“Today’s equity market valuations have only been eclipsed by those of 1929, and 1999.” In March of 2017, we examined traditional equity valuations in a new light to help better compare today’s valuations versus those of past business cycles. In particular, we adjusted the popular price-to-earnings (P/E) ratio for economic growth trends. The logic backing the analysis is that investors should be willing to pay a larger premium if economic growth is strong, and therefore corporate earnings are higher, and vice versa if economic growth is comparatively weak. The premise is similar to the popular price-to-earnings growth (PEG) ratio commonly used by equity investors. While P/E assesses the value of a stock on the basis of trailing earnings, PEG is more forward-looking using the expected
Michael Lebowitz considers the following as important: 720 Global, Debt, Economics, federal reserve, Investing, Lance Roberts, markets, Michael Lebowitz, S&P 500, Stocks, The Daily X-Change
This could be interesting, too:
Gregor Samsa writes Global Risk Monitor – May 18
Lance Roberts writes Consolidating The Breakout – 05-18-18
Jeffrey P. Snider writes Chart of the Week; On the Contrary
Barry Ritholtz writes Succinct Summations of Week’s Events 5.18.18
“Today’s equity market valuations have only been eclipsed by those of 1929, and 1999.”
In March of 2017, we examined traditional equity valuations in a new light to help better compare today’s valuations versus those of past business cycles. In particular, we adjusted the popular price-to-earnings (P/E) ratio for economic growth trends. The logic backing the analysis is that investors should be willing to pay a larger premium if economic growth is strong, and therefore corporate earnings are higher, and vice versa if economic growth is comparatively weak. The premise is similar to the popular price-to-earnings growth (PEG) ratio commonly used by equity investors. While P/E assesses the value of a stock on the basis of trailing earnings, PEG is more forward-looking using the expected growth of earnings. Essentially, the ratio tells us how much a current investor is willing to pay for a unit of expected earnings.
This re-publication of Second to None is intended to revisit a variety of key points as a base of understanding for an upcoming article. Given the extent to which markets have moved over the past several months, updating this analysis is timely. Further, the upcoming article will broaden the discussion to include a second important driver of corporate earnings and therefore provide fresh perspectives on valuations. We are confident you will find it compelling, so stay tuned.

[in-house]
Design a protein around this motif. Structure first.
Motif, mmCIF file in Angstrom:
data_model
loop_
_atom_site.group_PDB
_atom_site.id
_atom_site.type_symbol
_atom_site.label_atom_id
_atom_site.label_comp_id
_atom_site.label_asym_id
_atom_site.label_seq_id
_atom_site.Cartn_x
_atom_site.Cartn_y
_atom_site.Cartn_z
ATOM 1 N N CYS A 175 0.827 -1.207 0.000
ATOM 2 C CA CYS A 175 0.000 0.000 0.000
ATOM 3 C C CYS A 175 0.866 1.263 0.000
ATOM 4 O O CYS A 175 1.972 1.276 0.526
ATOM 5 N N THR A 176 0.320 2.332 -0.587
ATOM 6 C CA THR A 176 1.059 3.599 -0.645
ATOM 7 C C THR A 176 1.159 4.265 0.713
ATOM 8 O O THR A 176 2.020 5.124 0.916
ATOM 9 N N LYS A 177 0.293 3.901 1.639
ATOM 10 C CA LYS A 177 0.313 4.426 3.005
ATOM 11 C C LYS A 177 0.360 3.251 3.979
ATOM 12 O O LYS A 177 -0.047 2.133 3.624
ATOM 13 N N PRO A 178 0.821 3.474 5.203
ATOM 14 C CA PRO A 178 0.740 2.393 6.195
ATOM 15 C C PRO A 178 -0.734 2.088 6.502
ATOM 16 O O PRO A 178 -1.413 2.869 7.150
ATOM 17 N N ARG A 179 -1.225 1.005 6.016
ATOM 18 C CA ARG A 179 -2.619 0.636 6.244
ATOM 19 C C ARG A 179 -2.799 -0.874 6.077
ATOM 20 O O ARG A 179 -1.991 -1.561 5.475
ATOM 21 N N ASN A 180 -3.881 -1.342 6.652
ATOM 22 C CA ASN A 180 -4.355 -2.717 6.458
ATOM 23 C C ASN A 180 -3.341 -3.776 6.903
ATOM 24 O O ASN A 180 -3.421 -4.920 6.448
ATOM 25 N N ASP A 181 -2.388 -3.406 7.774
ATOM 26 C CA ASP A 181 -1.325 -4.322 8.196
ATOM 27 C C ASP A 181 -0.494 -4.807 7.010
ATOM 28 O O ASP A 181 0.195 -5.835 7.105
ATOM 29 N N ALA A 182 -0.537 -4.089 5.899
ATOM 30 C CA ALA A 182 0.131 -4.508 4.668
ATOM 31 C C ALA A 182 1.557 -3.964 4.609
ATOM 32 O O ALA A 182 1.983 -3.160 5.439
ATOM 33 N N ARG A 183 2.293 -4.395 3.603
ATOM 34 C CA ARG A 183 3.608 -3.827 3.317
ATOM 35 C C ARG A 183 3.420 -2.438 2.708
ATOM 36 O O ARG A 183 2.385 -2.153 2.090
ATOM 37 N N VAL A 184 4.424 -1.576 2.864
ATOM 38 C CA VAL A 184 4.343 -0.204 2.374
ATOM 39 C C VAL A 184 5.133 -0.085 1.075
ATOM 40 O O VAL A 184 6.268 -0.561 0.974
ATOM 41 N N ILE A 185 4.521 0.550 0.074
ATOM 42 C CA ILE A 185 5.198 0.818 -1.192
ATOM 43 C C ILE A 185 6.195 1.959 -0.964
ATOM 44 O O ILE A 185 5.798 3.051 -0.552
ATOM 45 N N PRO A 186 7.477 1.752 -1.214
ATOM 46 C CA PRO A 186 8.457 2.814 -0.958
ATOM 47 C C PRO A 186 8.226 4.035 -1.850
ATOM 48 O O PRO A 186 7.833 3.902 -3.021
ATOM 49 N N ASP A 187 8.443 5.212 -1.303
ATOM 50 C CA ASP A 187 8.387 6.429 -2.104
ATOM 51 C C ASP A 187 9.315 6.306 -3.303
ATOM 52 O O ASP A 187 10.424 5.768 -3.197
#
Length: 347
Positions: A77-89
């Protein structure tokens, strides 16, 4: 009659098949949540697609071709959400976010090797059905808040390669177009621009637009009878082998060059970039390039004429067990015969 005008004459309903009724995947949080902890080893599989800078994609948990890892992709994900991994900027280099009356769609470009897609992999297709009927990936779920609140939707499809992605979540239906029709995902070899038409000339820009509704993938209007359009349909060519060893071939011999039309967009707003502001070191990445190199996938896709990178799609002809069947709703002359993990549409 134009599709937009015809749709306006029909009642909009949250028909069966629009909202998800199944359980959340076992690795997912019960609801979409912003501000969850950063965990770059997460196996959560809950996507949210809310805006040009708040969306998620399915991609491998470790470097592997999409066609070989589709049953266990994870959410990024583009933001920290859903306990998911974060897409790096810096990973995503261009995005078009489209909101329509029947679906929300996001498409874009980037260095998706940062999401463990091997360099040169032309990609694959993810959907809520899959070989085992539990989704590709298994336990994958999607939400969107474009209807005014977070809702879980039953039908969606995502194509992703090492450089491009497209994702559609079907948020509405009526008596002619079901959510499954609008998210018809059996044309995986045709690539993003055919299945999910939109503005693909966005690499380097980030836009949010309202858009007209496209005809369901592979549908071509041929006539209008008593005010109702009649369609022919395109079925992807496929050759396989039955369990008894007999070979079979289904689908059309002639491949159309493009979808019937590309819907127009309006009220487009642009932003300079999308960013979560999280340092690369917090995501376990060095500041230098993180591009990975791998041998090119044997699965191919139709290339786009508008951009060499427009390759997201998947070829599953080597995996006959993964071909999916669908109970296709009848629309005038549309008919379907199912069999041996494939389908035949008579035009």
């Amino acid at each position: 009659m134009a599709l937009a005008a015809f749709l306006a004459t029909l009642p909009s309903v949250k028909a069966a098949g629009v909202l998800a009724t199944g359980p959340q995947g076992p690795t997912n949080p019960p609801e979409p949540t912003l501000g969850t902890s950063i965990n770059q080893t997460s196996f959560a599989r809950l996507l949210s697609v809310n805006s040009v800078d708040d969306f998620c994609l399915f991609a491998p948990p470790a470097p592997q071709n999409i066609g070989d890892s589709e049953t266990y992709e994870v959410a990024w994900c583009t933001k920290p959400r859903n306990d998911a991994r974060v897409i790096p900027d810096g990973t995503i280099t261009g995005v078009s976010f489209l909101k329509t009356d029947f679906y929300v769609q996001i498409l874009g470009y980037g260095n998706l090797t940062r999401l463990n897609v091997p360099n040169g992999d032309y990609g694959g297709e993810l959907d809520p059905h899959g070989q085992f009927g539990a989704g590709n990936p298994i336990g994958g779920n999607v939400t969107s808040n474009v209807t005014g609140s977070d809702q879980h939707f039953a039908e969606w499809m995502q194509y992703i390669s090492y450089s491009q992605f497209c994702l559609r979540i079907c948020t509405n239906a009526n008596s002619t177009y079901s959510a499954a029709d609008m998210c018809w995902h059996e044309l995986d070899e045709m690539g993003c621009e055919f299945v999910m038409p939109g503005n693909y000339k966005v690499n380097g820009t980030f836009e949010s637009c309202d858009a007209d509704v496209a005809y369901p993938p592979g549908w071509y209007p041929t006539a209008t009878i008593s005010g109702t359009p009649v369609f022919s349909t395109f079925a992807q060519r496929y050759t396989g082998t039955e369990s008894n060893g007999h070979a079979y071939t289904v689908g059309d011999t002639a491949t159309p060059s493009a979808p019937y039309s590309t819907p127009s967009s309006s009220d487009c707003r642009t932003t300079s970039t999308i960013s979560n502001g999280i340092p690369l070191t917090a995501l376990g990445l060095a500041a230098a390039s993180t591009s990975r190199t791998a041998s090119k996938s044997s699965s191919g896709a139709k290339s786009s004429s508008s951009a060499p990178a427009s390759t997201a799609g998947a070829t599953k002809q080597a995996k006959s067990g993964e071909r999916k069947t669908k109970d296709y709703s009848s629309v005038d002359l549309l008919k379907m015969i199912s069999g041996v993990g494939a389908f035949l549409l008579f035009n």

Given the continuing equity market rally and multiple expansion, the quote above from prior articles, had to be modified slightly but meaningfully. As of today, the S&P 500 Cyclically Adjusted Price to Earnings ratio (CAPE) is on par with 1929. It has only been surpassed in the late 1990’s tech boom.
A simple comparison of P/E or other valuation metrics from one period to another is not necessarily reasonable as discussed in Great Expectations. That approach is too one-dimensional. This article elaborates on that concept and is used to compare current valuations and those of 1999 to their respective fundamental factors. The approach highlights that, even though current valuation measures are not as extreme as in 1999, today’s economic underpinnings are not as robust as they were then. Such perspective allows for a unique quantification, a comparison of valuations and economic activity, to show that today’s P/E ratio might be more overvalued than those observed in 1999.
Secular GDP Trends
Equity valuations are a mathematical reflection of a claim on the future cash flows of a corporation. When one evaluates a stock, earnings potential is compared to the price at which the stock is offered. In most cases, investors are willing to pay a multiple of a company’s future earnings stream. When the prospects for earnings growth are high, the multiple tends to be larger than when growth prospects are diminished.